A site about the radio listening hobby and my activities therein - longwave, mediumwave, shortwave, FM, and television DXing. A site about the radio listening hobby in all its forms, or at least the forms that interest me.

I am also a licenced amateur radio operator, callsign VE3LXL. Information about my amateur radio station is found on my station website.

Wednesday, 29 December 2010

Loggings on Highway 7

I drove back to Toronto today from Ottawa and DXed the AM band while I drove. Car DXing is simple enough - leave the car radio on some frequency while one drives. If something worth logging pops up, pull over, then note down the details. The pulling over and stopping isn't necessary if one uses a voice recorder to make notes, but I don't.

Conditions on the AM band were great today. Occasionally, around the time of the winter solstice, some amount of skywave propagation can remain in effect all day. Normally there is no skywave propagation on mediumwave frequencies during daylight hours because of the ionizing effect of the sun on the D layer of the ionosphere. This layer absorbs signals at these frequencies, preventing them from propagating further. At night, the D layer disippates, which allows signals at mediumwave frequencies to pass through it to the higher F layer, which reflects them back to earth. This is the reason for long distance propagation on the AM band at night. However, around the time of the winter solstice the days are the shortest of the year, and the sun is at the lowest elevation in the sky. So the D layer does not get as strongly ionized and skywave propagation on mediumwave doesn't entirely disappear during the daylight hours. I would expect this phenomenon would be stronger, more frequent, and occur over a longer period of time at more northerly latitudes. Here in southern Ontario I've only ever seen it happen within a couple of weeks of the winter solstice. And it was happening today.

I logged the following stations. I heard more stations than this, but as I was driving I didn't think it was worth stopping to log stations I knew I'd heard before. Four of them turned out to be new catches, which is a fantastic haul. Combined with the three new ones I caught in Ottawa earlier, I got seven new stations on mediumwave today. I can't remember the last time I got so many new ones. This brings the overall mediumwave log count to 963.
  • WPNI, 1430, Amherst MA at 1810 UTC (2:10 p.m. local time) with fair signal. 5 kW. Playing folk music. ID as WUMB. WUMB is the University of Boston FM station on 91.9, WPNI is carrying its programming at the present time. First time logging. Received in Ottawa, ON.
  • WENE, 1430, Endicott NY at 1815 UTC with fair signal. Sports. ID as "The Team" and gave location as Binghampton. Received in Ottawa. Relog.
  • WEOK, 1390, Poughkeepsie NY at 1835 UTC, poor signal. 5 kW. Heard ID and frequency. Received in Carleton Place, ON. First time logging.
  • WNIO, 1390, Youngstown OH at 1858 UTC. Fair-poor signal. 9.5 kW. Sports talk, ID as "The Sports Animal". ESPN. Callsign ID on the hour. Received in Carleton Place. Relog.
  • WROW, 590, Albany NY at 2015 UTC. Poor signal. Christmas music, ID as "Magic 590". Relog.
  • WHBL, 1330, Sheboygan WI at 2100 UTC, around sunset local time. Poor signal. 5 kW. News with items about local events in Wisconsin. Mentions of Sheboygan. Received on Highway 7 in central Ontario. First time logging.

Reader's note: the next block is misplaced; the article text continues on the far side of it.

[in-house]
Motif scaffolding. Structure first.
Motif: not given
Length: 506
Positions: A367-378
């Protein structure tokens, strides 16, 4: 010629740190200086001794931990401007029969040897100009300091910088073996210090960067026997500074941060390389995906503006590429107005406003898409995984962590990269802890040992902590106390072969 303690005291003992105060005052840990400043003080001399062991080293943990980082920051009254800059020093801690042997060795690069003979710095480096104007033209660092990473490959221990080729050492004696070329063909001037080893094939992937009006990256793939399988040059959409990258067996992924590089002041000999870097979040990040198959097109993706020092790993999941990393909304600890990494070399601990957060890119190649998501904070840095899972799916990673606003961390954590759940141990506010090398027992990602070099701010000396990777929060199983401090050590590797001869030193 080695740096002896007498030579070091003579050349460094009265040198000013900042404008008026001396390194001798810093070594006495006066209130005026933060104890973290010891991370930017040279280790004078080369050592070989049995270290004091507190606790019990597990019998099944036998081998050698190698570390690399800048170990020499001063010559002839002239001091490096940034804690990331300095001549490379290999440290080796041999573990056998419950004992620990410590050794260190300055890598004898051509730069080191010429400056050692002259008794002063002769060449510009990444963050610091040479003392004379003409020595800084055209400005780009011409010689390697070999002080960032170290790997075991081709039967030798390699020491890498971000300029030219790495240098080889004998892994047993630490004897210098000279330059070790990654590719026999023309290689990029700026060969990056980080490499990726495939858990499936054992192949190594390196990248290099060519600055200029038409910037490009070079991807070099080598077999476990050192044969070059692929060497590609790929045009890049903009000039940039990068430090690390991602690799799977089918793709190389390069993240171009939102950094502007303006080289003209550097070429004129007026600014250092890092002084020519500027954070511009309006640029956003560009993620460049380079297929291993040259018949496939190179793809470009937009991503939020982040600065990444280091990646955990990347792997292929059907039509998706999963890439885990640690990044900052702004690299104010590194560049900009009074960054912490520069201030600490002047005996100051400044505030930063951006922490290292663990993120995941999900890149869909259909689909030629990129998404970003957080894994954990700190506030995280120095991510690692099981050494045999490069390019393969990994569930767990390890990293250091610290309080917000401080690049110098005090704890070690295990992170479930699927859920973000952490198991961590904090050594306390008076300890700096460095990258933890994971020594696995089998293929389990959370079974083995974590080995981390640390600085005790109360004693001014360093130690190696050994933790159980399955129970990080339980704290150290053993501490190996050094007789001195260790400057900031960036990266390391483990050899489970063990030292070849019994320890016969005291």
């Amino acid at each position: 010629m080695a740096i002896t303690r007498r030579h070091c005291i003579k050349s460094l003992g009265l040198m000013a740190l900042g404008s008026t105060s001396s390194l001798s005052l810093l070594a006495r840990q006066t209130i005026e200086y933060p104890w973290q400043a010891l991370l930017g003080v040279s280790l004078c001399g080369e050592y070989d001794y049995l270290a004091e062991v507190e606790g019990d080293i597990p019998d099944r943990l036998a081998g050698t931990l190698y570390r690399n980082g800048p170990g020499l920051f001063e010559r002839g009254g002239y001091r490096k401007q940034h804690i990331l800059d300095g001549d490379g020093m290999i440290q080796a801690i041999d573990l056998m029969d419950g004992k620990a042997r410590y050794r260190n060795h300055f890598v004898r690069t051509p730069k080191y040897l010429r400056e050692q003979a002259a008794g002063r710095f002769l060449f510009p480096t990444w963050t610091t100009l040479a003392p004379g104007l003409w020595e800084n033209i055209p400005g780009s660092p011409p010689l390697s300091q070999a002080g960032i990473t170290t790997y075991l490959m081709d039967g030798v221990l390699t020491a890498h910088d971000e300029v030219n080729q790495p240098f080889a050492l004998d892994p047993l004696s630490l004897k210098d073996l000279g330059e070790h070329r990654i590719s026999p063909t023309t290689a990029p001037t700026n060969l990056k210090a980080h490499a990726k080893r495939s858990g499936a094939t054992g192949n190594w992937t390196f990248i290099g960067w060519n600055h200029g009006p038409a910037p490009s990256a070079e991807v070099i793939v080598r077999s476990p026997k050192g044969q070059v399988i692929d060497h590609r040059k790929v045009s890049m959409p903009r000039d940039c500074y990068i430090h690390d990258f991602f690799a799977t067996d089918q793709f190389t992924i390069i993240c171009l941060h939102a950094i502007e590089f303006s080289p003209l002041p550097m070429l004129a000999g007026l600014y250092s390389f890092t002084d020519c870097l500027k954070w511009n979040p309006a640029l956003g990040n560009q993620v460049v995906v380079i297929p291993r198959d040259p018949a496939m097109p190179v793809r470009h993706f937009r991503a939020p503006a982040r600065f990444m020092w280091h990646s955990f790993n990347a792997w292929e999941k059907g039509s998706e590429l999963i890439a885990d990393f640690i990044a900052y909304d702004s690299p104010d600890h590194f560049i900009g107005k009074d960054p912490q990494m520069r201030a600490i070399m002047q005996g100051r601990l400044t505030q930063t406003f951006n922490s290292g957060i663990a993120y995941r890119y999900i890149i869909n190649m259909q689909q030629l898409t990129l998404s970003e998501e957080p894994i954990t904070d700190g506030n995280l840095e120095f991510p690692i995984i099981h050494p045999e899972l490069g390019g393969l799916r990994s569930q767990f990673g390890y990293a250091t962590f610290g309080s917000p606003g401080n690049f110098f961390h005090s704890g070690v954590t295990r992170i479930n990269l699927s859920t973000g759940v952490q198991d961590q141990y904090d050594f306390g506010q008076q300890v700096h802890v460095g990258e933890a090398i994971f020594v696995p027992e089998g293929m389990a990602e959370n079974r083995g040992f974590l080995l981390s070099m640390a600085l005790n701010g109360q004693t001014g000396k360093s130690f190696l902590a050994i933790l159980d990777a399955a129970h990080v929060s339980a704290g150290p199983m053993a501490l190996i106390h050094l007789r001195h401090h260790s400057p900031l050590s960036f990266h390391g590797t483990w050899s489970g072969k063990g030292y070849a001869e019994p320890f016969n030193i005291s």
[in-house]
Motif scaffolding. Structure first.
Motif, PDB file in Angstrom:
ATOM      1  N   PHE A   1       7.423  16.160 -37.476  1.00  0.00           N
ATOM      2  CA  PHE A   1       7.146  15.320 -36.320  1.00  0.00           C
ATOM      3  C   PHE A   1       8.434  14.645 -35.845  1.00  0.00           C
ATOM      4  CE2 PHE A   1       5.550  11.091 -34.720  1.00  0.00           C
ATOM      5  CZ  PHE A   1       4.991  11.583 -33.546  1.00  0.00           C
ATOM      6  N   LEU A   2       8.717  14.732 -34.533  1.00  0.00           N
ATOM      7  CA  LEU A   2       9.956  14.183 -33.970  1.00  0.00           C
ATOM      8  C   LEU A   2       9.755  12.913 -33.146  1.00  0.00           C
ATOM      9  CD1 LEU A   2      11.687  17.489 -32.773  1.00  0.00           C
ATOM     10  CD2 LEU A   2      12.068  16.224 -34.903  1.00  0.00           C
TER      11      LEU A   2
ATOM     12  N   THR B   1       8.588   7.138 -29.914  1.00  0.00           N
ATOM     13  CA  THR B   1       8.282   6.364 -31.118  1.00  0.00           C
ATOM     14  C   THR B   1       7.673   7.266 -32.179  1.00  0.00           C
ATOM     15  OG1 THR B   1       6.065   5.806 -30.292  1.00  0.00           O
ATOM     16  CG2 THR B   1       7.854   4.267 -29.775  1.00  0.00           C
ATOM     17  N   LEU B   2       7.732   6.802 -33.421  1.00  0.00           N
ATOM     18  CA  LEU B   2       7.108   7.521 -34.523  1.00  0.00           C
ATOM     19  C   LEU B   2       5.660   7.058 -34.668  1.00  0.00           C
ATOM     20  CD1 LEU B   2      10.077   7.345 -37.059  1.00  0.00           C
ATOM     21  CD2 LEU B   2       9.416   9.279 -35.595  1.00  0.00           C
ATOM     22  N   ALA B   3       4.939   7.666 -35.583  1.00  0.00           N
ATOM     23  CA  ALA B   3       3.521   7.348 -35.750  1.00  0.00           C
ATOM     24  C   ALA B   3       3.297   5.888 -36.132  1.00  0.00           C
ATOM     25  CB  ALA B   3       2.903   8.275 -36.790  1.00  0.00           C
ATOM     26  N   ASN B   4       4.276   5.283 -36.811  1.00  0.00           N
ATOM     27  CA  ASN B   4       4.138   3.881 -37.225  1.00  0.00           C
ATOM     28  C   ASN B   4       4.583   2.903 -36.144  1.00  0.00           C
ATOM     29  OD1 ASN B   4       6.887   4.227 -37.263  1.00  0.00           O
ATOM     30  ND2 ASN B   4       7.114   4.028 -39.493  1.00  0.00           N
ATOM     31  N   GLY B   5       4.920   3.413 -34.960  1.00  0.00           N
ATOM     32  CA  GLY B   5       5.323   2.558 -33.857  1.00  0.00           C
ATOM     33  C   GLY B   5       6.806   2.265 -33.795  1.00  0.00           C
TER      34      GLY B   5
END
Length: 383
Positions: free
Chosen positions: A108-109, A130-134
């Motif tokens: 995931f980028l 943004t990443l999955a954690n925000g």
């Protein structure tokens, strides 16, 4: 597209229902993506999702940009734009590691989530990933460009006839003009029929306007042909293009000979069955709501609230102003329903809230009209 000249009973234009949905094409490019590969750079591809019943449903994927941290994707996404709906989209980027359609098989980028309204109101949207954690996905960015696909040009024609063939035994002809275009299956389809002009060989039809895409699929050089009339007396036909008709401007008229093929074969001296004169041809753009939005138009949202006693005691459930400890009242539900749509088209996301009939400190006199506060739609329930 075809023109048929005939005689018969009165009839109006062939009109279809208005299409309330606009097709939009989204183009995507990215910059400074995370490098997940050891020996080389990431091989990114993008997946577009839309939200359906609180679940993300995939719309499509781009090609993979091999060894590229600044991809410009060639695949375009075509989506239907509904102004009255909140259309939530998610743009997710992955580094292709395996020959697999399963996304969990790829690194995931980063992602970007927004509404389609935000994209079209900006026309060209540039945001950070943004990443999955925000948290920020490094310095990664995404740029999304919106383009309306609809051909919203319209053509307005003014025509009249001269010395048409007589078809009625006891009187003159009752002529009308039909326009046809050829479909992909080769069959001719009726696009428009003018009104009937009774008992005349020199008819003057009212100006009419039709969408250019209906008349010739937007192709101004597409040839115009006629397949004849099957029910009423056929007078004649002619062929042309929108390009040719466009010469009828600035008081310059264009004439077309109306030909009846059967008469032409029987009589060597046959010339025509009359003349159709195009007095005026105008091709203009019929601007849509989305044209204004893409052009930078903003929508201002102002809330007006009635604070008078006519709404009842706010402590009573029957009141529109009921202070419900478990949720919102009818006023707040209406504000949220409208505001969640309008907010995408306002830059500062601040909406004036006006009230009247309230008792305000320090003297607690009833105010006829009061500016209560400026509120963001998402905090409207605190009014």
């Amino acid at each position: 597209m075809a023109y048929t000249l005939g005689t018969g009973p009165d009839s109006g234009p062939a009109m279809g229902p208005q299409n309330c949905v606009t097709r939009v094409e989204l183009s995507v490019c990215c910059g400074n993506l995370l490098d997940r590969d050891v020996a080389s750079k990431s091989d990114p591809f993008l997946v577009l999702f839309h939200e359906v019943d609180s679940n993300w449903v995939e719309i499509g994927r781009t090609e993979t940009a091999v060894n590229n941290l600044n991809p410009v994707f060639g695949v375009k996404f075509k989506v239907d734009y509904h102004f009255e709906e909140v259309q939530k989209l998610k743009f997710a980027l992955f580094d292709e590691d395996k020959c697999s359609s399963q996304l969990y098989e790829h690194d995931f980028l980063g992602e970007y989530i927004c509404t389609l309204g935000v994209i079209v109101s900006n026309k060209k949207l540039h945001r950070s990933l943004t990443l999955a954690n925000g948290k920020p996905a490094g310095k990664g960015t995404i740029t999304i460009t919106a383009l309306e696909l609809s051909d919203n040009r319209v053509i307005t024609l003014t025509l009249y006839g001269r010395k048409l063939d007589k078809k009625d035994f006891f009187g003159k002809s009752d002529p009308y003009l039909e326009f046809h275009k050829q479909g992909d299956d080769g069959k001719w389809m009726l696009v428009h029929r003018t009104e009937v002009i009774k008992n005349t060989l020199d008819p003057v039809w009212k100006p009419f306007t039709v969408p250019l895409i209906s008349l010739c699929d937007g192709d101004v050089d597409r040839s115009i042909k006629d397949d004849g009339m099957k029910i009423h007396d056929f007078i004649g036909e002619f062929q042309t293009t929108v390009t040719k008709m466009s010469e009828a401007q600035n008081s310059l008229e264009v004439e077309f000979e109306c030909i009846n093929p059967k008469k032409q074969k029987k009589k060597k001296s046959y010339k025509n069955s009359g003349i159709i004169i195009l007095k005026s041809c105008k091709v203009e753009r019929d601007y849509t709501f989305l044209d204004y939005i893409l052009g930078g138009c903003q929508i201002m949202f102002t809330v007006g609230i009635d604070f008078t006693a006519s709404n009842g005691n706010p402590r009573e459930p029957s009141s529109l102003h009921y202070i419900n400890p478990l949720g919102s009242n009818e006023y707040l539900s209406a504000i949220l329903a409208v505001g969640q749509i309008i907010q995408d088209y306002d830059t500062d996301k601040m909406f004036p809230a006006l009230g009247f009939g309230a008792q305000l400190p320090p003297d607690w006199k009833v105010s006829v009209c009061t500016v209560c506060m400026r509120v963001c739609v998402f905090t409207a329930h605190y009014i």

• WIGN, 1550, Briston TN at 2130 UTC with poor signal. 35 kW. Religious. Several IDs and location heard. Received in Havelock, ON. First time logging.

Loggings in Ottawa

Dec. 29, 2010: My last day in Ottawa and I found some time to tune the radio dials today. Had the portable Kaito KA1103 with me. It always seems that radio reception is far better when I'm out on a trip than when I'm at home, probably because I'm not inside a steel frame box and am away from the electronic noise of hundreds of neighbors. Here's what I heard today:
  • On 507 kHz at 0233 UTC, I heard a Morse code beacon: WE2XGR/6. This is one of the experimental amateur stations operating on the proposed 600 metre band. This one is located in Penn Yan, NY. Signal was good.
  • WDEV 550 kHz, Waterbury VT, at 0240 UTC with sports program "The Score", mixing with co-channel WGR. Fair signal.
  • WMAC 940 kHz, Macon GA, at 0300 UTC with news, weather, and clear ID. Poor signal.
  • Unidentified station or stations in Spanish on 690 kHz heard at 0248 and at 1130-1145 UTC. Talk, Cuban-sounding music. No ID heard. There are several possibilities of what this station could be. If it is a Cuban, then most likely it is CMBC, the 20 kW outlet of Radio Progreso in Jovellanos. That would be a relog for me, as I logged it many years ago.
WDEV and WMAC are new stations, so that brings the overall mediumwave count to 959.

Sunday, 26 December 2010

Two Stations on 690 kHz

While driving up to Ottawa this afternoon, I had the car radio on 690 kHz and caught two new stations. I was on Highway 7 between Perth and Carleton Place, Ontario at the time.
  • WELD, Fisher WV at 2140 UTC with fair signal. Faded out after a few minutes. Oldies music, ads, and ID. 3 kW.
  • WZAP, Bristol, VA at 2145-2201 UTC with a fair signal. Religious programming. ID on the hour with callsign and location. 10 kW.
This was around dusk, but before these stations would have switched to their night powers (a measly 14 watts in both cases).

This brings the count in the overall mediumwave log to 957.

WWVH 5000 kHz, Radio Enciclopedia 530 kHz, and WNNZ 640 kHz

December 26, 2010: While in Harrowsmith, in eastern Ontario (north of Kingston about 20 km) I spent a bit of time tuning the bands on the Kaito KA-1103, my usual travel radio, using its built-in antennas. Made three noteworthy catches: